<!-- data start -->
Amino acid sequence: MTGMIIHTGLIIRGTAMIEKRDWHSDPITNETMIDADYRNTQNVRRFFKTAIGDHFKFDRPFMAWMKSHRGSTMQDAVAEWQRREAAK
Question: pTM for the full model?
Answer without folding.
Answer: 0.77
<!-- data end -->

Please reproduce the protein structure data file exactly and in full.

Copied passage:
Amino acid sequence: MTGMIIHTGLIIRGTAMIEKRDWHSDPITNETMIDADYRNTQNVRRFFKTAIGDHFKFDRPFMAWMKSHRGSTMQDAVAEWQRREAAK
Question: pTM for the full model?
Answer without folding.
Answer: 0.77